Exercise for the Body-Happiness for the mind.

    Welcome and goodluck
    Last edited: Feb 20, 2020
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  3. TG957

    TG957 Beloved Grand Eagle

    I healed from full-blown dystonia (severe muscle contractions in hands and wrists). It started spreading to ankles and knees, but then I learned about Sarno. Tightness was often worse at night and I believe it had a lot to do with subconscious running the show at night. My dystonia is long gone, thanks to the emotional release work I did. You can do it, too! Andy gave you a lot of good advice, of which finding your happiness and regular exercise both worked for me very well. Muscle spasms are more common TMS symptoms than you may think.

    It is possible to heal. You are on the right path. Best of luck!
    Last edited: Feb 21, 2020
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  4. Mars497@

    Mars497@ Peer Supporter

    Thank you @TG957 for your reply. May I ask what emotional release work you did? So far I have read Mind over Back Pain and I’m almost through Mindbody Prescription. I have The Great Pain Deception and Unlearn Your Pain but I have barely skimmed the beginning of each but plan to work through them as well. Did you follow any programs or seek therapy?
  5. Lracerr01

    Lracerr01 Newcomer

    I did have muscle tension in my lower back at night after some long runs but that has gone away. I used the sarno method of thinking psychologically etc. Now I’m pain free !
  6. TG957

    TG957 Beloved Grand Eagle

    Mine was mostly somatic meditation and mindfulness, which led to the emotional release. It is all connected, emotions, stress and neurological reactions like spasms. I have not had much luck with Nicole's program, but that does not mean it would not work for you. Each person is unique.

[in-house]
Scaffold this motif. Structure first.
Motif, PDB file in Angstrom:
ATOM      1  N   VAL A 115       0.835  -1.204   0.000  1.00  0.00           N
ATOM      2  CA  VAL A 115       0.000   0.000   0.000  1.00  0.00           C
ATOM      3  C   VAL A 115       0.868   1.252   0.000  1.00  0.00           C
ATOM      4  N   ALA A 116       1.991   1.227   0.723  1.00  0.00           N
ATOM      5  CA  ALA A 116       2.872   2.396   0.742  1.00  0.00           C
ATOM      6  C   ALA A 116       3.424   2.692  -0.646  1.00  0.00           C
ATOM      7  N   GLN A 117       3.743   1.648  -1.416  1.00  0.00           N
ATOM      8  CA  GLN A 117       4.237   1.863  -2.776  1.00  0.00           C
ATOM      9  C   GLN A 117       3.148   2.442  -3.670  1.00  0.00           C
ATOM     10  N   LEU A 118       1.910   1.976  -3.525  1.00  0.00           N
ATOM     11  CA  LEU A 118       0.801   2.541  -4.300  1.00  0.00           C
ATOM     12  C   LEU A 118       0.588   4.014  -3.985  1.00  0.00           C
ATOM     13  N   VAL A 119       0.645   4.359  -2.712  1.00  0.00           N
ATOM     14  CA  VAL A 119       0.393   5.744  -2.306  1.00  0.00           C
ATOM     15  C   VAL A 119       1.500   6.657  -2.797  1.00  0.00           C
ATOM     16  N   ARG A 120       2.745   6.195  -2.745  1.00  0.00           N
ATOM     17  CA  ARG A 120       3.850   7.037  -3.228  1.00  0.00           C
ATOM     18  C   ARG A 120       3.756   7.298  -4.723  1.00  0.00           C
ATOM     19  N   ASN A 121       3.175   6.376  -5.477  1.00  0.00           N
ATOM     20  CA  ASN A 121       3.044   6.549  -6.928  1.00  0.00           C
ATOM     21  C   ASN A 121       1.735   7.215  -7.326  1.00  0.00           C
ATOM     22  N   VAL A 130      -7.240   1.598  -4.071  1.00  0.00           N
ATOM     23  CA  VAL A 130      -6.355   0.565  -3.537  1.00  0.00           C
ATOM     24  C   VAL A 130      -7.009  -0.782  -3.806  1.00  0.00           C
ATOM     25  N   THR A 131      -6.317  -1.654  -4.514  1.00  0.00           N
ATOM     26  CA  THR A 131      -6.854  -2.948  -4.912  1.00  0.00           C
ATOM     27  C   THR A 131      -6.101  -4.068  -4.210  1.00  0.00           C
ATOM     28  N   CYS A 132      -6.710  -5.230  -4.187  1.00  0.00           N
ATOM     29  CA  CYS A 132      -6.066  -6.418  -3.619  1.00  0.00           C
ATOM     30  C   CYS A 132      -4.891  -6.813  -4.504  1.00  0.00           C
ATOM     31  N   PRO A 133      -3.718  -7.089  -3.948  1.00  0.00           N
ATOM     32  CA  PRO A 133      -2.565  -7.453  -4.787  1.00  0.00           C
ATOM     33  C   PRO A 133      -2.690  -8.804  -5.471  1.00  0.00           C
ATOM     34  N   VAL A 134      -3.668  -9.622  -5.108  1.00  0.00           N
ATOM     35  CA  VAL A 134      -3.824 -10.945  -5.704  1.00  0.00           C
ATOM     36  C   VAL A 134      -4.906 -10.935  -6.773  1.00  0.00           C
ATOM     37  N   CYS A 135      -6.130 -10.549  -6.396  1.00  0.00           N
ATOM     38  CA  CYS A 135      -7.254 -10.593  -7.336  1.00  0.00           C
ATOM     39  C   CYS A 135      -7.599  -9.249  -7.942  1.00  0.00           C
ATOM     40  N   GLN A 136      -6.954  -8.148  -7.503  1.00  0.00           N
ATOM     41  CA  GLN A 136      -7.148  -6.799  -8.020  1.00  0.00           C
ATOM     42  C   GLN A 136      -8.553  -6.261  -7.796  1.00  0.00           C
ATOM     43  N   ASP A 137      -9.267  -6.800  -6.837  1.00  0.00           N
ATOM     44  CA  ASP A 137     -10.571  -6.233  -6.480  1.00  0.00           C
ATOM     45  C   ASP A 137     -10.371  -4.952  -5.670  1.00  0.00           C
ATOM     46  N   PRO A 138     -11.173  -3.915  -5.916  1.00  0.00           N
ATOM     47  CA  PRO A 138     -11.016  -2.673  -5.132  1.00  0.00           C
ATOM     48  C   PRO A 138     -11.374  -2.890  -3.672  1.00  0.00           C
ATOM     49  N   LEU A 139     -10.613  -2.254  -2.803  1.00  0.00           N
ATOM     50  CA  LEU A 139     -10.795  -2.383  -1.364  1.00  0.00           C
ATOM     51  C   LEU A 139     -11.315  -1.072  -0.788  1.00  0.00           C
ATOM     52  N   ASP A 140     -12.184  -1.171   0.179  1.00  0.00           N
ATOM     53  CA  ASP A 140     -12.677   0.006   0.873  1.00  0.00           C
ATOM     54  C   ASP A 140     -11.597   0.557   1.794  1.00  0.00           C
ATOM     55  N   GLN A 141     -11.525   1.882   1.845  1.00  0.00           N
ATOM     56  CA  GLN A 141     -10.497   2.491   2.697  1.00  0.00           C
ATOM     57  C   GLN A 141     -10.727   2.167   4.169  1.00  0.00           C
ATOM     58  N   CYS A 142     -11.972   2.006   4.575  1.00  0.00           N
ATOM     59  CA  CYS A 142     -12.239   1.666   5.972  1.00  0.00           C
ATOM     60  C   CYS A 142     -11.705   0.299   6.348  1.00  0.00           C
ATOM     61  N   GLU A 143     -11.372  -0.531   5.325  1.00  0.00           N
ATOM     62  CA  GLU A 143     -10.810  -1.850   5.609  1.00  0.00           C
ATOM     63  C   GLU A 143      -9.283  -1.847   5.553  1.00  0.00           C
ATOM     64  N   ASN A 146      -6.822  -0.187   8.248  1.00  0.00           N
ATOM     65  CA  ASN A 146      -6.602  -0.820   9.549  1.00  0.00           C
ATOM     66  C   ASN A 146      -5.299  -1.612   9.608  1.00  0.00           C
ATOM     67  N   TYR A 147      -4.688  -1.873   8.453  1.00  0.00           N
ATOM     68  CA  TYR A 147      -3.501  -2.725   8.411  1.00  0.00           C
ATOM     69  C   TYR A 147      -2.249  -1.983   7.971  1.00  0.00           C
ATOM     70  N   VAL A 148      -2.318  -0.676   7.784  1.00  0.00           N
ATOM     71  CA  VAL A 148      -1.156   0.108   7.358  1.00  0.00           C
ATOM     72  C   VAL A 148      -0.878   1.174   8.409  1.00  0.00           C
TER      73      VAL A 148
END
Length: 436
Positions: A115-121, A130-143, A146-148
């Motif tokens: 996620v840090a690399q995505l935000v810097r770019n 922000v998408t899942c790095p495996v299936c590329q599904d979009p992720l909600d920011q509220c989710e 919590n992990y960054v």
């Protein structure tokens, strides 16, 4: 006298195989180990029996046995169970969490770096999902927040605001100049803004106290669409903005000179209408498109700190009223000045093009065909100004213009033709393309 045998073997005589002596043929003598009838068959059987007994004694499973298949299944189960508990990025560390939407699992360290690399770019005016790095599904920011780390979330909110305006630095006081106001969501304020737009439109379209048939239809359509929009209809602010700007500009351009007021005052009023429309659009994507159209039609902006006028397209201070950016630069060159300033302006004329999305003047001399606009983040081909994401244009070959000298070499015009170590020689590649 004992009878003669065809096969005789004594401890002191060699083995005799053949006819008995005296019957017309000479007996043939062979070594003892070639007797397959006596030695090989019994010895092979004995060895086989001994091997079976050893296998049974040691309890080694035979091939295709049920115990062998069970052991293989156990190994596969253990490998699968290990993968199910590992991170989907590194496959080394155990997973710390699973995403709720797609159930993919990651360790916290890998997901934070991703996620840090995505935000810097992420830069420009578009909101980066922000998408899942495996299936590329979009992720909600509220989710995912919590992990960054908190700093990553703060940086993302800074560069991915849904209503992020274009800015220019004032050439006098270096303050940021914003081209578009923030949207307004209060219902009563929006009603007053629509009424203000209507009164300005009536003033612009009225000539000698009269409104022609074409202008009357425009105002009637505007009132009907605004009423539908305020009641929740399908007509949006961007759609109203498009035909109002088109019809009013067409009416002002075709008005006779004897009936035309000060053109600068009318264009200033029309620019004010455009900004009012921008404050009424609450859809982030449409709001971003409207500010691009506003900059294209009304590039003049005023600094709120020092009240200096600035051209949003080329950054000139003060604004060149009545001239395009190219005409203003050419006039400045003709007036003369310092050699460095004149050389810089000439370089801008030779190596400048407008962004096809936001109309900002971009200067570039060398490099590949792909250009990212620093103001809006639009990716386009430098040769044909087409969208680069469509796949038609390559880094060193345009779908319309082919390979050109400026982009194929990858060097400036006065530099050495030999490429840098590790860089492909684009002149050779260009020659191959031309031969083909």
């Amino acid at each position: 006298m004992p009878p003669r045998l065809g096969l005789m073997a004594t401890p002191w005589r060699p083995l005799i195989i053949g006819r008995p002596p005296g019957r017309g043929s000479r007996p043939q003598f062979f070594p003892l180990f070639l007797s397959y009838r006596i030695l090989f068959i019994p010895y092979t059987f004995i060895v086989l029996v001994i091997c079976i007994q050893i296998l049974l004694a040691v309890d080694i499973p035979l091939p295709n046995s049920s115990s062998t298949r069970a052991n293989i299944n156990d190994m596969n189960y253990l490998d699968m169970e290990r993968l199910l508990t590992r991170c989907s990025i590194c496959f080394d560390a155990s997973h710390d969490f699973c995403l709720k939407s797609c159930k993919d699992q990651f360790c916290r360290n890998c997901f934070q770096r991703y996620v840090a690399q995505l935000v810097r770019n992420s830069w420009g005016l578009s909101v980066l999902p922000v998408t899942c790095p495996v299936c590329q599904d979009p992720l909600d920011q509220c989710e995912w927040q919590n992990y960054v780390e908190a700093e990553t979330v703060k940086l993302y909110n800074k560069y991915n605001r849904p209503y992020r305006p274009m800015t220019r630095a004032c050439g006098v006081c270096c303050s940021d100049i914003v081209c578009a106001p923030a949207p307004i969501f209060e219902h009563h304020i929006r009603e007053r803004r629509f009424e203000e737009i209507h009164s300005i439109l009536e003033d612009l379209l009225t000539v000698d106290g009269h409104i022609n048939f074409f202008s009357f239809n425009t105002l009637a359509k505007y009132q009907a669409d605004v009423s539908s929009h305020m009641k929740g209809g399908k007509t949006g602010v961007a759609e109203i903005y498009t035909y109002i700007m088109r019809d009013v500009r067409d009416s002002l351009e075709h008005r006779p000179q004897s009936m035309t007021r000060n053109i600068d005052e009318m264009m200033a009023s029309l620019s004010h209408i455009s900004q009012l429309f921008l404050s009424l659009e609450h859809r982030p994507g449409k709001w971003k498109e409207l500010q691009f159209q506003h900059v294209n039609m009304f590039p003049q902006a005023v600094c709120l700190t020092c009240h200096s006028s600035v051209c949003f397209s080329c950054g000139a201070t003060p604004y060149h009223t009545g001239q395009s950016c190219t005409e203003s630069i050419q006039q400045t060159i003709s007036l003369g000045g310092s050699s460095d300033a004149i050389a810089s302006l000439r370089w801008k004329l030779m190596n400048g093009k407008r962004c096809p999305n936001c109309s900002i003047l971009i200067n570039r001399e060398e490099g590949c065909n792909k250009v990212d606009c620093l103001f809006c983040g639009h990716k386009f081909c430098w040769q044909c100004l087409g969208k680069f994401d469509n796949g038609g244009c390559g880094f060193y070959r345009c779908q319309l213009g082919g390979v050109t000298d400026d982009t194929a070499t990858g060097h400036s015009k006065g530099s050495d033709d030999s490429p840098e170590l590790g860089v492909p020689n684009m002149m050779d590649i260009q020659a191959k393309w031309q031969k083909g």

7. Dorado

    Dorado Beloved Grand Eagle

    I definitely used to wake up in the middle of the night with tingling, overly sweaty (as in they were dripping sweat), twitching/spasming, and painful limbs - all from the mind-body connection/TMS, although I used to doubt that they could be TMS because why would I be so stressed out in my sleep? However, I learned very quickly that yes, symptoms can and do appear in your sleep! This absolutely includes muscle tension.

    Restless leg syndrome, nightmares, frequently waking up during the night, back pain, cramps and feeling like you "slept wrong," etc. are also common sleep symptoms affected by TMS!
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  8. Mars497@

    Mars497@ Peer Supporter

    Thank you for replying @Dorado. So how did you eventually overcome it? Also, did you ever find a TMS book that talks about it? In Mind Over Back Pain, Sarno writes “What remains a mystery is why the level of tension at night rises for some people and not for others.” I continue to read both Sarno and Steve Ozanich but I am still searching for how to resolve the nighttime tension that builds which makes the physical symptoms even worse in the morning. Sometimes what I do to my calves when o sleep is so severe that I have trouble walking the next day. It’s frustrating and some days it really sets me back thinking I will never make progress at this.